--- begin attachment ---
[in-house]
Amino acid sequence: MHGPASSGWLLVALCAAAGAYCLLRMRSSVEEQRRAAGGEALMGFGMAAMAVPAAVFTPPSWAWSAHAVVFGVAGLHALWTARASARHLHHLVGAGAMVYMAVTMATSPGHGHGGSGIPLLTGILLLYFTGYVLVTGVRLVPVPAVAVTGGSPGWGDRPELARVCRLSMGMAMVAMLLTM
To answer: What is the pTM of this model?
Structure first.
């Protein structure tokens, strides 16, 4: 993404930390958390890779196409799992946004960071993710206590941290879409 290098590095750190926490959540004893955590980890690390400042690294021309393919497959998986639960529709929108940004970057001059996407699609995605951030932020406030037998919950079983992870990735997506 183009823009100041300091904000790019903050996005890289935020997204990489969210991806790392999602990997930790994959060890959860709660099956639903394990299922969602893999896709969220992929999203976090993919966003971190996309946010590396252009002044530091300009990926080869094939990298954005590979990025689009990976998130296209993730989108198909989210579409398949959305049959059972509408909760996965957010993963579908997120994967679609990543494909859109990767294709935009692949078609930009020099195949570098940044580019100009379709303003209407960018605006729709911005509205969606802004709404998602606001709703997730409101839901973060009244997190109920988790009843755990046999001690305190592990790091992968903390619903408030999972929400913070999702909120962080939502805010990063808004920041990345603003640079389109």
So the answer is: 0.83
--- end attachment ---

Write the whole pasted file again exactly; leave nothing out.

[in-house]
Amino acid sequence: MHGPASSGWLLVALCAAAGAYCLLRMRSSVEEQRRAAGGEALMGFGMAAMAVPAAVFTPPSWAWSAHAVVFGVAGLHALWTARASARHLHHLVGAGAMVYMAVTMATSPGHGHGGSGIPLLTGILLLYFTGYVLVTGVRLVPVPAVAVTGGSPGWGDRPELARVCRLSMGMAMVAMLLTM
To answer: What is the pTM of this model?
Structure first.
């Protein structure tokens, strides 16, 4: 993404930390958390890779196409799992946004960071993710206590941290879409 290098590095750190926490959540004893955590980890690390400042690294021309393919497959998986639960529709929108940004970057001059996407699609995605951030932020406030037998919950079983992870990735997506 183009823009100041300091904000790019903050996005890289935020997204990489969210991806790392999602990997930790994959060890959860709660099956639903394990299922969602893999896709969220992929999203976090993919966003971190996309946010590396252009002044530091300009990926080869094939990298954005590979990025689009990976998130296209993730989108198909989210579409398949959305049959059972509408909760996965957010993963579908997120994967679609990543494909859109990767294709935009692949078609930009020099195949570098940044580019100009379709303003209407960018605006729709911005509205969606802004709404998602606001709703997730409101839901973060009244997190109920988790009843755990046999001690305190592990790091992968903390619903408030999972929400913070999702909120962080939502805010990063808004920041990345603003640079389109």
So the answer is: 0.83